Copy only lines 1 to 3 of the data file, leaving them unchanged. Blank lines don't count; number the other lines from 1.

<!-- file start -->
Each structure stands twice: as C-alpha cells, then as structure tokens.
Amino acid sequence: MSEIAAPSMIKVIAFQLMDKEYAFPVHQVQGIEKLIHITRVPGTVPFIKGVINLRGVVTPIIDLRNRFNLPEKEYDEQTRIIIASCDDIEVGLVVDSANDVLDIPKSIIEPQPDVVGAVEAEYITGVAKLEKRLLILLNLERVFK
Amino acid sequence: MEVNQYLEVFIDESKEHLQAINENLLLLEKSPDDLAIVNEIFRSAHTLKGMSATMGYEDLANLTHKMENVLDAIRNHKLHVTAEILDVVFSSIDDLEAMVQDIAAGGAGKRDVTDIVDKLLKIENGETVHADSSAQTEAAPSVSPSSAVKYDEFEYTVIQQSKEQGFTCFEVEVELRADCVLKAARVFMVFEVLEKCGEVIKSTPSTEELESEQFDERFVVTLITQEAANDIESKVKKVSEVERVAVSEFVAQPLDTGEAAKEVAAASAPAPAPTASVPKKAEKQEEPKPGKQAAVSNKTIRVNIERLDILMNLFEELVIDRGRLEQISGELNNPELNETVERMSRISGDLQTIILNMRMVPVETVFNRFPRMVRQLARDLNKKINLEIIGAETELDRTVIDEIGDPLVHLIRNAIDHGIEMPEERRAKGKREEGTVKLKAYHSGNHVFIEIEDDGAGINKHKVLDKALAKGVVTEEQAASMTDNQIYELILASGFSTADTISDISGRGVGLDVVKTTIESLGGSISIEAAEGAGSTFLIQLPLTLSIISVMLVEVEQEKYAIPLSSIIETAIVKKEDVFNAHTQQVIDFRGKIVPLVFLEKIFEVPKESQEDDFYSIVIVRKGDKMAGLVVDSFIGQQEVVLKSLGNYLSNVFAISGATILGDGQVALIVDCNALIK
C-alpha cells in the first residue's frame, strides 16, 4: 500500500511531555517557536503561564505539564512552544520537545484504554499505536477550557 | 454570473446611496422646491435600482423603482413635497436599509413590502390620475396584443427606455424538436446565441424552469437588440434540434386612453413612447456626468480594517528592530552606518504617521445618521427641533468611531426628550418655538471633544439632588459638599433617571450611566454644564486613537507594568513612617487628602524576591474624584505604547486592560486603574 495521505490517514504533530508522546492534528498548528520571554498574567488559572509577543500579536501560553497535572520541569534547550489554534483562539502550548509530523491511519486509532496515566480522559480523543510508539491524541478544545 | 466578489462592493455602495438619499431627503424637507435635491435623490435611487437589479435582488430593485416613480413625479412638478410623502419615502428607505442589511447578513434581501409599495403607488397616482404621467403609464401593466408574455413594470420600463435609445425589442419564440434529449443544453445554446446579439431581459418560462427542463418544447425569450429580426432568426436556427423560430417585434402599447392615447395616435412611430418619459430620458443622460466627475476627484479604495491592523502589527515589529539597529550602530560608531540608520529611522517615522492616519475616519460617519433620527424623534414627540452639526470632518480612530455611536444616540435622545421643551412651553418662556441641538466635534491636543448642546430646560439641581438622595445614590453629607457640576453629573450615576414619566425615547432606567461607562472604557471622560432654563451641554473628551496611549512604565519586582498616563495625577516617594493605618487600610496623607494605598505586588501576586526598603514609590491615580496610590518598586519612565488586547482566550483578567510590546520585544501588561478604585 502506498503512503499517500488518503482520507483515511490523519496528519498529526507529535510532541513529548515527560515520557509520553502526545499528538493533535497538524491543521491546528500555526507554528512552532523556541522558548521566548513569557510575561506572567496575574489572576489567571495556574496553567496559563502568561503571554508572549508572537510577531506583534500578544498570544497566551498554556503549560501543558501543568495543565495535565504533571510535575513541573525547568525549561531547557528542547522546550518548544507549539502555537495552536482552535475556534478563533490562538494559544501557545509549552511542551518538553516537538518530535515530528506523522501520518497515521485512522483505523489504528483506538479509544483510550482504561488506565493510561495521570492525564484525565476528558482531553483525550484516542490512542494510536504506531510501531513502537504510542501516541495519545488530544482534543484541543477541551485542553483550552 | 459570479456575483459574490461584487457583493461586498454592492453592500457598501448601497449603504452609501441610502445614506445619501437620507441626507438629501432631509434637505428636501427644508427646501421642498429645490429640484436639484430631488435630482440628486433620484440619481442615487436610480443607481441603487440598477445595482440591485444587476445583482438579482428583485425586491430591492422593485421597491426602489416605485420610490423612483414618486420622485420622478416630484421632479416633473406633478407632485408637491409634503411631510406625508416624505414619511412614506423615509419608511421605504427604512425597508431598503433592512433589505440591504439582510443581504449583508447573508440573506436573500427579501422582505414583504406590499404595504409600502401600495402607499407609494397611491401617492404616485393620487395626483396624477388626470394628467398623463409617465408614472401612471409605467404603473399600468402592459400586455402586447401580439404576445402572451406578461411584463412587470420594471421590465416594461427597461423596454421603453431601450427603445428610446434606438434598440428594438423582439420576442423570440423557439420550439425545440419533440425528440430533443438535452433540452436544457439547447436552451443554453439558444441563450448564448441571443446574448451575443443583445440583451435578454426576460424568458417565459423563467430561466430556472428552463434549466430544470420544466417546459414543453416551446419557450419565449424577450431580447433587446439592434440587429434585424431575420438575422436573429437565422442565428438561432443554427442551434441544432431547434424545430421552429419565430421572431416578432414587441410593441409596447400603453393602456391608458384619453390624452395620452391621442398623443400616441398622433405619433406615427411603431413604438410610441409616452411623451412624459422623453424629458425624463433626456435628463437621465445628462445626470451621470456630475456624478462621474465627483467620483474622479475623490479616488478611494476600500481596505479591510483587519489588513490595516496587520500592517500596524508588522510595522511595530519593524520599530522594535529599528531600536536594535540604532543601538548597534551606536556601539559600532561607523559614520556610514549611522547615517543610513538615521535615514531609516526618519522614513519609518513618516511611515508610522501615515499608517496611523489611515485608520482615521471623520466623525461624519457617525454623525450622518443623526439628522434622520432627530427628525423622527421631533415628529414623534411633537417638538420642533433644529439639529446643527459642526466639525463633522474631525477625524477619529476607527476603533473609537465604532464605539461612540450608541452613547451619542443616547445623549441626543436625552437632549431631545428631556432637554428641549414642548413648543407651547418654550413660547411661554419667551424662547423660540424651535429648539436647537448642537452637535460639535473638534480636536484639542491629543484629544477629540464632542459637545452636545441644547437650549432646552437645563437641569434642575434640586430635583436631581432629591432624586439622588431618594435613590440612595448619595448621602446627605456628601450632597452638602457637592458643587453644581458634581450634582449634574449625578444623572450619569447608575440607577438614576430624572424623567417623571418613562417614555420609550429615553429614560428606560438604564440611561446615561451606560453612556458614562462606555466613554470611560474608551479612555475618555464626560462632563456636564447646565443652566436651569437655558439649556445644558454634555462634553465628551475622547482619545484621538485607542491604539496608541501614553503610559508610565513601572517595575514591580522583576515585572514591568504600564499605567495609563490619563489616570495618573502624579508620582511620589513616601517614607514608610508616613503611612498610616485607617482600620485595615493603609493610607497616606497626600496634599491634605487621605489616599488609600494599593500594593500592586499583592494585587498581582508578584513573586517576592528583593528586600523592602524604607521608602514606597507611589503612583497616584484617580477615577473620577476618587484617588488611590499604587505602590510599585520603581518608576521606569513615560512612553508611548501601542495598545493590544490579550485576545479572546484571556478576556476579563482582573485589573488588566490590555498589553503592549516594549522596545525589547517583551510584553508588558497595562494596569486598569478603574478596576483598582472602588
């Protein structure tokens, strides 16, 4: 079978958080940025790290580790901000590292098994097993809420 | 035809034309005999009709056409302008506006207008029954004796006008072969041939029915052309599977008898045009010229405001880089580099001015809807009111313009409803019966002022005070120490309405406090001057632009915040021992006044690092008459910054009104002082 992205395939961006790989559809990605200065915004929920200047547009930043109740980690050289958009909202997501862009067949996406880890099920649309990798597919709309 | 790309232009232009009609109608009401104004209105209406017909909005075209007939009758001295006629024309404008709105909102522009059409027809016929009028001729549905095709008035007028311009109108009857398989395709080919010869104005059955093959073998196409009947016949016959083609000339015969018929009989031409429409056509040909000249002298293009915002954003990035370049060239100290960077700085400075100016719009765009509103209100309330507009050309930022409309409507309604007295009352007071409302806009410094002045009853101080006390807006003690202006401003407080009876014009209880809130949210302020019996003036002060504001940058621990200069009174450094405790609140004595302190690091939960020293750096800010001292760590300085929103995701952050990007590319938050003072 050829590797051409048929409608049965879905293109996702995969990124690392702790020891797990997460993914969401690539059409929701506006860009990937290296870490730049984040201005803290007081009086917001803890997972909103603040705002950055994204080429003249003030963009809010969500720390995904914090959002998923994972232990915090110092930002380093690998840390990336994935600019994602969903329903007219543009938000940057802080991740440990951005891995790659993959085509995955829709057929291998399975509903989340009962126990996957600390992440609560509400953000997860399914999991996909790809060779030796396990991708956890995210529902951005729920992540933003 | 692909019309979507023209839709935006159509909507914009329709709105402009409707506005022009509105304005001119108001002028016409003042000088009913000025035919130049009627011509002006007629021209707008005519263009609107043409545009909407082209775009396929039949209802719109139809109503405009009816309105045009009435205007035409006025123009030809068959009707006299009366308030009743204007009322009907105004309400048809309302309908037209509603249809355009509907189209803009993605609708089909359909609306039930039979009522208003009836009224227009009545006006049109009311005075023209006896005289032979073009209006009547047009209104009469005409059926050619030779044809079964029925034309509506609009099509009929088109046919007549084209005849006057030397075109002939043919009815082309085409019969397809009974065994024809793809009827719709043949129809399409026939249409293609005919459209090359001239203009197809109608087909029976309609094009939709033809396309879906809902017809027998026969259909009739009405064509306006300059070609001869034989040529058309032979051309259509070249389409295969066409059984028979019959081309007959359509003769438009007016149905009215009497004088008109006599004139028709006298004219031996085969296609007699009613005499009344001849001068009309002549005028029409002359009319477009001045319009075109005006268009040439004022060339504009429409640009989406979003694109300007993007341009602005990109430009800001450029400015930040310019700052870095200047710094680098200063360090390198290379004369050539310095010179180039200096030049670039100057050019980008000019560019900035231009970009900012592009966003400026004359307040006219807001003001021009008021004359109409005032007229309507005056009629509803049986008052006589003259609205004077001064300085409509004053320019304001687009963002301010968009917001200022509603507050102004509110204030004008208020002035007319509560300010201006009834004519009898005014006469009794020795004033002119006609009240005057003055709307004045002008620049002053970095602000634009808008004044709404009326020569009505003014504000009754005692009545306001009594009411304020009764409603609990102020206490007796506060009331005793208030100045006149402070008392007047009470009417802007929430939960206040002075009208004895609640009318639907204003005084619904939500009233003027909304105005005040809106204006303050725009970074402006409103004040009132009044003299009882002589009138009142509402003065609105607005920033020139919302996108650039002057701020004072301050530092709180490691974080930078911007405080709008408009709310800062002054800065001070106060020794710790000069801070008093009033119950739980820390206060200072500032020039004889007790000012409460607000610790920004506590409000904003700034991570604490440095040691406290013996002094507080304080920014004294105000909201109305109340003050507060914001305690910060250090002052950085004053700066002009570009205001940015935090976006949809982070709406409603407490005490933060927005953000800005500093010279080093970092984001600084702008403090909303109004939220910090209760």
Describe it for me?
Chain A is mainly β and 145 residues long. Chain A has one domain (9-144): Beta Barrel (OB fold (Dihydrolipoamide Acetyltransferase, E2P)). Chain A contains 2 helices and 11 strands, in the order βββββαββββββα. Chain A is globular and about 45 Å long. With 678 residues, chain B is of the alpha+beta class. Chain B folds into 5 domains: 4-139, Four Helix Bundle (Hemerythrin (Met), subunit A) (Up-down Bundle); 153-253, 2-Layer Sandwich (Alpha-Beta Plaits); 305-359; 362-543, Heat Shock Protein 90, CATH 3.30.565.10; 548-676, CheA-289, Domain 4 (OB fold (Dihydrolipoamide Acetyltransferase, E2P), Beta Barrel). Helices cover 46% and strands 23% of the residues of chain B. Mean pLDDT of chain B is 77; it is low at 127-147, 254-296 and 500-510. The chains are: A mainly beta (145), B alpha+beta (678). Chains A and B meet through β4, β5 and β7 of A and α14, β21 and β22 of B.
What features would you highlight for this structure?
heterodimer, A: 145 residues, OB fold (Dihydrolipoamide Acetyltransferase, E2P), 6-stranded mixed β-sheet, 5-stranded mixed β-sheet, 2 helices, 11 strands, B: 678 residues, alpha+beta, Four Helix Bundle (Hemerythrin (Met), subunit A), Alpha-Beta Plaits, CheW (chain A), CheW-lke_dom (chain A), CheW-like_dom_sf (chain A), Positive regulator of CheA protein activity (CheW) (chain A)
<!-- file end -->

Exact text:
Each structure stands twice: as C-alpha cells, then as structure tokens.
Amino acid sequence: MSEIAAPSMIKVIAFQLMDKEYAFPVHQVQGIEKLIHITRVPGTVPFIKGVINLRGVVTPIIDLRNRFNLPEKEYDEQTRIIIASCDDIEVGLVVDSANDVLDIPKSIIEPQPDVVGAVEAEYITGVAKLEKRLLILLNLERVFK
Amino acid sequence: MEVNQYLEVFIDESKEHLQAINENLLLLEKSPDDLAIVNEIFRSAHTLKGMSATMGYEDLANLTHKMENVLDAIRNHKLHVTAEILDVVFSSIDDLEAMVQDIAAGGAGKRDVTDIVDKLLKIENGETVHADSSAQTEAAPSVSPSSAVKYDEFEYTVIQQSKEQGFTCFEVEVELRADCVLKAARVFMVFEVLEKCGEVIKSTPSTEELESEQFDERFVVTLITQEAANDIESKVKKVSEVERVAVSEFVAQPLDTGEAAKEVAAASAPAPAPTASVPKKAEKQEEPKPGKQAAVSNKTIRVNIERLDILMNLFEELVIDRGRLEQISGELNNPELNETVERMSRISGDLQTIILNMRMVPVETVFNRFPRMVRQLARDLNKKINLEIIGAETELDRTVIDEIGDPLVHLIRNAIDHGIEMPEERRAKGKREEGTVKLKAYHSGNHVFIEIEDDGAGINKHKVLDKALAKGVVTEEQAASMTDNQIYELILASGFSTADTISDISGRGVGLDVVKTTIESLGGSISIEAAEGAGSTFLIQLPLTLSIISVMLVEVEQEKYAIPLSSIIETAIVKKEDVFNAHTQQVIDFRGKIVPLVFLEKIFEVPKESQEDDFYSIVIVRKGDKMAGLVVDSFIGQQEVVLKSLGNYLSNVFAISGATILGDGQVALIVDCNALIK